Stakeholders told The Guardian that it was high time the teething problem in the sector was assessed, which is burdened by huge liquidity, lack of governance structure, huge aggregate, technical and commercial losses as well as capacity gap.
The former Chairman of NERC, Sam Amadi, told The Guardian that revoking the licences of the DisCos and GenCos through the regulator will come at a price.
“If government revokes the licences, then they will pay the sanctions of breach of contract as contained in the sale agreement. Beyond that, it will further damage the credit and credibility of the sector. It will be a huge political risk, which will increase the costs of capital and make it difficult to have a new private investment in the sector,” he said.
Professor of energy economics, Wunmi Iledare, noted the need to rekindle the key energy institutions in the country, stressing that political expediency has continuously delimited the efficiency and effectiveness factors required to add value to the economy through a sustainable, affordable and accessible energy system.
While the National Assembly is already on the review of the Electric Sector Reform Act, Iledare noted that the foundation for the electric power industry privatisation needs a revision, stressing that the foundation remained faulty and the enabling institutions are weak.
“Without malice, the players in the industry have limited understanding of the linkage along the power value chain in Nigeria. Unfortunately, the government is too preoccupied with sustaining political power than electric power.
“The market structure matters a lot. The GenCos are oligopolies, with few large companies with different pricing strategies. Imposing a fixed pricing framework can be detrimental. The transmission company is a monopoly, the tariff must be regulated. Unfortunately, the government cares less about competency,” Iledare said.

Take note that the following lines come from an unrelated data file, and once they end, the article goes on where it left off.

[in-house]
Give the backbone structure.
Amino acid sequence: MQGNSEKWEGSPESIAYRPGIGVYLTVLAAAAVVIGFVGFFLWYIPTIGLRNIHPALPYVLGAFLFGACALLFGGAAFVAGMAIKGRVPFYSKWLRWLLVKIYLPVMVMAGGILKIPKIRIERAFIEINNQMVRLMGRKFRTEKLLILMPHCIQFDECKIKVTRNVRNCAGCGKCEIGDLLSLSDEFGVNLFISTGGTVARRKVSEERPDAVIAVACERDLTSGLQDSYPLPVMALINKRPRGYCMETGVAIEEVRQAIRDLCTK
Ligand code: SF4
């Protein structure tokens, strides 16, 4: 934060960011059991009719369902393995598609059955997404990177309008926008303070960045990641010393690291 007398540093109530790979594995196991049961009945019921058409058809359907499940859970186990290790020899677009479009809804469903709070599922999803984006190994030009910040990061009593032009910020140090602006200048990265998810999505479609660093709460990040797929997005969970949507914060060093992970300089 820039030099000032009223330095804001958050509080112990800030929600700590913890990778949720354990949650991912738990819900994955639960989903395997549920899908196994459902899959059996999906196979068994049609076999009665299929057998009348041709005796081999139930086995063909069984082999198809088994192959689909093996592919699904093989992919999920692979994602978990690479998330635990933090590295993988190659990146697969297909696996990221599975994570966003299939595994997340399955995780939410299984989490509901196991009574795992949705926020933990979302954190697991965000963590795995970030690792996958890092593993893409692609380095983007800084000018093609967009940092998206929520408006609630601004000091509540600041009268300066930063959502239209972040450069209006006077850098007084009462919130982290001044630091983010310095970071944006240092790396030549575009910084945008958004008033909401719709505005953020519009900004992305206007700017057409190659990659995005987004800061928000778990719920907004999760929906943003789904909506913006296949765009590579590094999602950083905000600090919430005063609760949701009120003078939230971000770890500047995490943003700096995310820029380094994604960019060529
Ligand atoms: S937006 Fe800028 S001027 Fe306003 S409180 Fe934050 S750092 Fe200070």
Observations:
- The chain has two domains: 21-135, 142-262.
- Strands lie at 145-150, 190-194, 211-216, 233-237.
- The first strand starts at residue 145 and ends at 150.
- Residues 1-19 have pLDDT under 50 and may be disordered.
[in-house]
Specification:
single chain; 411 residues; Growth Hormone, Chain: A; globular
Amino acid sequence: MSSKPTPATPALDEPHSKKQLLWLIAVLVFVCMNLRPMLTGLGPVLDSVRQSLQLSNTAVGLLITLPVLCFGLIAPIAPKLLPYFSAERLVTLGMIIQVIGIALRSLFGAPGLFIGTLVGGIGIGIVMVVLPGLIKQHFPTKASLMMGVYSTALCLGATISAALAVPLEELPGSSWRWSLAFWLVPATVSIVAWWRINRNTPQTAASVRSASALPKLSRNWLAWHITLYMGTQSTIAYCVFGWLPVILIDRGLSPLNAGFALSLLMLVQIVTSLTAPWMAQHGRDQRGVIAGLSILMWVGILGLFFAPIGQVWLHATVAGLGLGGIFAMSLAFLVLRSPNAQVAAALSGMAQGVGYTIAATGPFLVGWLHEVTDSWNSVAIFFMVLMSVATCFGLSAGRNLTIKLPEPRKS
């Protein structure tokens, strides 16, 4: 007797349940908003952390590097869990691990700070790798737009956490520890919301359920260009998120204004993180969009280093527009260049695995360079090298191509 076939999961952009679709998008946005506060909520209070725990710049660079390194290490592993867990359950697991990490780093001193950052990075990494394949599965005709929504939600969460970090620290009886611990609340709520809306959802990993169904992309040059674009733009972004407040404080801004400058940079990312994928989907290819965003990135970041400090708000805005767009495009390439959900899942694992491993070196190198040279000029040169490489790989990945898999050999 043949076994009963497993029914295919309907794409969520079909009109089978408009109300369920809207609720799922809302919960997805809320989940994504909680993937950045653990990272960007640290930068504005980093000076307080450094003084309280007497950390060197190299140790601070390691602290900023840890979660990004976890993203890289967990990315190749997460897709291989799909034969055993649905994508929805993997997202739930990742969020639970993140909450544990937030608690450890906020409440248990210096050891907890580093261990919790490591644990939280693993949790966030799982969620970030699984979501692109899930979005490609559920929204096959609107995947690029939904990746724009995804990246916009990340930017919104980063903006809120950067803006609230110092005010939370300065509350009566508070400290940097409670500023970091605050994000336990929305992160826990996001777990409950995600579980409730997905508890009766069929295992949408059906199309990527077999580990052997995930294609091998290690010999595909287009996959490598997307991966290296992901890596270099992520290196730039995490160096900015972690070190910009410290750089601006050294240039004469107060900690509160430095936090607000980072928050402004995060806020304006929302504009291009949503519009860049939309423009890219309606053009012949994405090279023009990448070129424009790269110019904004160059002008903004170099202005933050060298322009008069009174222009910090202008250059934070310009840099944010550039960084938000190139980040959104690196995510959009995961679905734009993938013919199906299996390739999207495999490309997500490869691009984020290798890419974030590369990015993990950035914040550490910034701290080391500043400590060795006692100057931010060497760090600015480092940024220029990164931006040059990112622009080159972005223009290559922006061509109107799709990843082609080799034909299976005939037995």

Canvassing for the decentralisation of the energy sector business and governance to solve current inefficiency in the system, Iledare stated that the appointment of commissioners at NERC should not be political but based on competence and results.
Pioneer Managing Director of NBET, Rumundaka Wonodi, insisted that leadership remained critical across the ministries, departments and agencies, stressing that the developers tend to miss the point of the reform that is predicated on private sector operations and ownership.
A legal practitioner and President, Nigeria Consumer Protection Network, Kunle Kola Olubiyo, is equally canvassing for the review of the entire power sector privatisation for peer review of Key Performance Indicators.
According to him, the equity stakeholding in the core investors equity stakes should be diluted downward. Olubiyo wants the government to pull out its equity completely from the sector and design the new equity to comprise 30 per cent for core investors and 70 to be raised through Initial Public Offer.
The move will, according to him, instil accountability, fiscal discipline and governance structure in the sector. “The Transmission Company of Nigeria should be decentralised and unbundled into Technical, Commercial and Operational to institutionalise efficiency,” he said.
Executive Director at Powerup Initiative for Electricity Rights, Adetayo Adegbemle, noted that the current NERC commissioners have performed below par and government must use the current window to correct loopholes in the regulatory body.
He noted that the regulator is expected to be held responsible for the poor performance of the sector, adding that most of the recent critical actions in the sector were being taken by the presidency and the CBN instead of the regulator.
He urged the government not to wait until their tenure elapse before looking for replacements that would address the current quagmire in the sector.